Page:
This is fine when you only need to handle conversions based on the compile-time type of your objects. If, however, you had written this extremely contrived example:

B b = new B();
object o = b;
A a = b;

This would fail to compile because the compiler is now checking the type "object" for an implicit cast to A, even though the underlying type of o is "B". If you put an explicit cast in "A a = (A)b;" it would then fail at run time, like any other invalid cast. What is really needed is a way to apply cast operators based on the run-time type of the object. This ends up being a pretty simple exercise in reflection.

public static MethodInfo GetMethod(Type toSearch, string methodName,
Type returnType, BindingFlags bindingFlags)
return Array.Find(
delegate(Refl.MethodInfo inf)
return ((inf.Name == methodName) && (inf.ReturnType == returnType));

public static T DynamicCast<T>(object o)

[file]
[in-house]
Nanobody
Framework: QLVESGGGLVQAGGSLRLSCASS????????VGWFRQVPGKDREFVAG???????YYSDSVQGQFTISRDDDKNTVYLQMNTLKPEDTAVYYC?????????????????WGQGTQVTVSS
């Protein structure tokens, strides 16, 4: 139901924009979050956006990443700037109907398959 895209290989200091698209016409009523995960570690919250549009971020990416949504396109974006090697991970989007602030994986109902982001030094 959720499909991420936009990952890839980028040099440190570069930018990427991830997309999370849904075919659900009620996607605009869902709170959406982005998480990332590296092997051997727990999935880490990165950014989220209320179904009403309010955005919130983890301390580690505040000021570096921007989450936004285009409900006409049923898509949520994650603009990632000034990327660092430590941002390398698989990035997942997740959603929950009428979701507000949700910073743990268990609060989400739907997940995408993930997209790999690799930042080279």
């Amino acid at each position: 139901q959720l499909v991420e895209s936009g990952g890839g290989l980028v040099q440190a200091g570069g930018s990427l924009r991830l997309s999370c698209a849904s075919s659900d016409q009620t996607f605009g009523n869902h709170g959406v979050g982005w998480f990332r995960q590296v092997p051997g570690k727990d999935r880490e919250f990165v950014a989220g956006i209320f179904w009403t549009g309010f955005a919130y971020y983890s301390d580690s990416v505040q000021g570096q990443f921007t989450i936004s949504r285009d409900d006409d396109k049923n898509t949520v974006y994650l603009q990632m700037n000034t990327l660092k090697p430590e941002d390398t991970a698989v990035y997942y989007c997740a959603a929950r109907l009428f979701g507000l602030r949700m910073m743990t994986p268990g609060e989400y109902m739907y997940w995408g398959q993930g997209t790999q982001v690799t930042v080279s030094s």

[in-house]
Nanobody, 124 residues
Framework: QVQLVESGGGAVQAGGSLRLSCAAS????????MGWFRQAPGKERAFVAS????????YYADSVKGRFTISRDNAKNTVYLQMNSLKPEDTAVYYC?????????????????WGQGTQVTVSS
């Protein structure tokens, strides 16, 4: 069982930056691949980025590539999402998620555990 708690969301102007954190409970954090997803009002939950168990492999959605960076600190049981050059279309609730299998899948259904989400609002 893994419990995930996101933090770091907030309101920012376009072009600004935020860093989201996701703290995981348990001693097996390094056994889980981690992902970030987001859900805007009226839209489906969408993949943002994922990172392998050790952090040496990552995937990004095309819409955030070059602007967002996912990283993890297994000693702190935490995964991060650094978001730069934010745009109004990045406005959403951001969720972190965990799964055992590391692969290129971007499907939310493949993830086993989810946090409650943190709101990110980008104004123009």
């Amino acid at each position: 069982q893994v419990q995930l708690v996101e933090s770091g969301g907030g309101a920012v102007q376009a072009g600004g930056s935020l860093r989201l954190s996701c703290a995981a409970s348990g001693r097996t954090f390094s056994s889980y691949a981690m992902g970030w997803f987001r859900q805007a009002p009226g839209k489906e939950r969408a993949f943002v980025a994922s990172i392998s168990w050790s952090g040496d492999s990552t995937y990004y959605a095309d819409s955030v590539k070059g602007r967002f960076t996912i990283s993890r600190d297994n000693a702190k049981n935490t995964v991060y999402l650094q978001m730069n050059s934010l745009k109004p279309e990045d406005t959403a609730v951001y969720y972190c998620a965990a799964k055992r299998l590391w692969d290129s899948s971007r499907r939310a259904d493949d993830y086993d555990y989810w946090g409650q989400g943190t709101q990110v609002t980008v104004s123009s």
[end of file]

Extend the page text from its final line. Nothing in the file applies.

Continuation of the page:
Type ot = o.GetType();
MethodInfo meth = GetMethod(ot, "op_Implicit", typeof(T),
BindingFlags.Static | BindingFlags.Public);
if(meth == null)
meth = GetMethod(ot, "op_Explicit", typeof(T),
BindingFlags.Static | BindingFlags.Public);

if(meth == null) throw new InvalidCastException("Invalid Cast.");

return (T)meth.Invoke(null, new object[] { o });

Now we can just do

B b = new B();
object o = b;
A a = DynamicCast<A>(o);

and everything works.

Thursday, March 08, 2007

Anonymous Method Subtleties

As explained quite clearly by Raymond Chen here, the compiler generates a few different things when confronted with an anonymous method, based on what the method does. If the method doesn't refer to anything other than its parameters, it generates a static method on the containing class. If it refers to class instance members, you get an instance method. When the method refers to other variables in the lexically-enclosing method (basically when you need a closure), the compiler generates a sealed nested class to track those variables and puts the method there.